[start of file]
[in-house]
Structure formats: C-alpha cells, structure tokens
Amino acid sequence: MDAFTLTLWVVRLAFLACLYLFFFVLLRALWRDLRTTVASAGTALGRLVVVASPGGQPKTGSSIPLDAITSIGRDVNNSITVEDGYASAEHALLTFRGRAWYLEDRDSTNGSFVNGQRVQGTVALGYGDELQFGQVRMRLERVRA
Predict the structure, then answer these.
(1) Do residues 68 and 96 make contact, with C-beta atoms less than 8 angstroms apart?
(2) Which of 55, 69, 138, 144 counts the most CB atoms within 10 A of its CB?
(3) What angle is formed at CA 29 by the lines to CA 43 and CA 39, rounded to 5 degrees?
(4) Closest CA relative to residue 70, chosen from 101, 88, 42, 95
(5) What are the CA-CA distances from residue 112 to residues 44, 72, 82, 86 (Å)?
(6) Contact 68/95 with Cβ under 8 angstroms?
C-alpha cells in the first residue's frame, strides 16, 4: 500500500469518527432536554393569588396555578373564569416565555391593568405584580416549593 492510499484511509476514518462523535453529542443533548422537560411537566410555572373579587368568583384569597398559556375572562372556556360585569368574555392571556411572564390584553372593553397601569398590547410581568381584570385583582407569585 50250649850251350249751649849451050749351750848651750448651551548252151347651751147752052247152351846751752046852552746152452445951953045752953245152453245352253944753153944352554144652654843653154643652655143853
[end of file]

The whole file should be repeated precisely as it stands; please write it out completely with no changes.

[in-house]
Structure formats: C-alpha cells, structure tokens
Amino acid sequence: MDAFTLTLWVVRLAFLACLYLFFFVLLRALWRDLRTTVASAGTALGRLVVVASPGGQPKTGSSIPLDAITSIGRDVNNSITVEDGYASAEHALLTFRGRAWYLEDRDSTNGSFVNGQRVQGTVALGYGDELQFGQVRMRLERVRA
Predict the structure, then answer these.
(1) Do residues 68 and 96 make contact, with C-beta atoms less than 8 angstroms apart?
(2) Which of 55, 69, 138, 144 counts the most CB atoms within 10 A of its CB?
(3) What angle is formed at CA 29 by the lines to CA 43 and CA 39, rounded to 5 degrees?
(4) Closest CA relative to residue 70, chosen from 101, 88, 42, 95
(5) What are the CA-CA distances from residue 112 to residues 44, 72, 82, 86 (Å)?
(6) Contact 68/95 with Cβ under 8 angstroms?
C-alpha cells in the first residue's frame, strides 16, 4: 500500500469518527432536554393569588396555578373564569416565555391593568405584580416549593 492510499484511509476514518462523535453529542443533548422537560411537566410555572373579587368568583384569597398559556375572562372556556360585569368574555392571556411572564390584553372593553397601569398590547410581568381584570385583582407569585 50250649850251350249751649849451050749351750848651750448651551548252151347651751147752052247152351846751752046852552746152452445951953045752953245152453245352253944753153944352554144652654843653154643652655143853